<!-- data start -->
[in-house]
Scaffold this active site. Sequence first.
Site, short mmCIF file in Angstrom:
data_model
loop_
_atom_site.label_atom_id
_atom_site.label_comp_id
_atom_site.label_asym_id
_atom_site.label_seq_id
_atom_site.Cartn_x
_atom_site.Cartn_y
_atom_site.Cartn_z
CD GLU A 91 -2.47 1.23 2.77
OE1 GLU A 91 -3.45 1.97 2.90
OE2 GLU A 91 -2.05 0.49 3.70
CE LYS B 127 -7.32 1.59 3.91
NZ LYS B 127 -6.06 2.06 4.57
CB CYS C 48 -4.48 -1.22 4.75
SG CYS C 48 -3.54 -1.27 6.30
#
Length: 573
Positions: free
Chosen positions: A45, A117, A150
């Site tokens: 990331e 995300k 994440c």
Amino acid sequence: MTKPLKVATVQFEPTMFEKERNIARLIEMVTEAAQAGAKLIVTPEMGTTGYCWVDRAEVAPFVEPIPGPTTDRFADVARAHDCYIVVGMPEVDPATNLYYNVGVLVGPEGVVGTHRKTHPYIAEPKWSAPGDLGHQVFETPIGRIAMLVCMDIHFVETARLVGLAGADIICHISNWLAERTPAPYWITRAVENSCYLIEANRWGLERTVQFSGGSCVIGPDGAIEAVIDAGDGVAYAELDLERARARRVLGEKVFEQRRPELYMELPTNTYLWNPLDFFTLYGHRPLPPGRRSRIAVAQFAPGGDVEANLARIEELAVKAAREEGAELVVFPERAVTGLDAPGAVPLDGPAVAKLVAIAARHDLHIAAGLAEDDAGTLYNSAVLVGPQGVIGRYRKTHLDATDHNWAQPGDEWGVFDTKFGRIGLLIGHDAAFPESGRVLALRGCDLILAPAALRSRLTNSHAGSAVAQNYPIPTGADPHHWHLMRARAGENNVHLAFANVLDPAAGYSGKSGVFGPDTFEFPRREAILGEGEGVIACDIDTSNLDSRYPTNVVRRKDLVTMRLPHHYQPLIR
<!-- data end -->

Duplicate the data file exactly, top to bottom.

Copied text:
[in-house]
Scaffold this active site. Sequence first.
Site, short mmCIF file in Angstrom:
data_model
loop_
_atom_site.label_atom_id
_atom_site.label_comp_id
_atom_site.label_asym_id
_atom_site.label_seq_id
_atom_site.Cartn_x
_atom_site.Cartn_y
_atom_site.Cartn_z
CD GLU A 91 -2.47 1.23 2.77
OE1 GLU A 91 -3.45 1.97 2.90
OE2 GLU A 91 -2.05 0.49 3.70
CE LYS B 127 -7.32 1.59 3.91
NZ LYS B 127 -6.06 2.06 4.57
CB CYS C 48 -4.48 -1.22 4.75
SG CYS C 48 -3.54 -1.27 6.30
#
Length: 573
Positions: free
Chosen positions: A45, A117, A150
């Site tokens: 990331e 995300k 994440c």
Amino acid sequence: MTKPLKVATVQFEPTMFEKERNIARLIEMVTEAAQAGAKLIVTPEMGTTGYCWVDRAEVAPFVEPIPGPTTDRFADVARAHDCYIVVGMPEVDPATNLYYNVGVLVGPEGVVGTHRKTHPYIAEPKWSAPGDLGHQVFETPIGRIAMLVCMDIHFVETARLVGLAGADIICHISNWLAERTPAPYWITRAVENSCYLIEANRWGLERTVQFSGGSCVIGPDGAIEAVIDAGDGVAYAELDLERARARRVLGEKVFEQRRPELYMELPTNTYLWNPLDFFTLYGHRPLPPGRRSRIAVAQFAPGGDVEANLARIEELAVKAAREEGAELVVFPERAVTGLDAPGAVPLDGPAVAKLVAIAARHDLHIAAGLAEDDAGTLYNSAVLVGPQGVIGRYRKTHLDATDHNWAQPGDEWGVFDTKFGRIGLLIGHDAAFPESGRVLALRGCDLILAPAALRSRLTNSHAGSAVAQNYPIPTGADPHHWHLMRARAGENNVHLAFANVLDPAAGYSGKSGVFGPDTFEFPRREAILGEGEGVIACDIDTSNLDSRYPTNVVRRKDLVTMRLPHHYQPLIR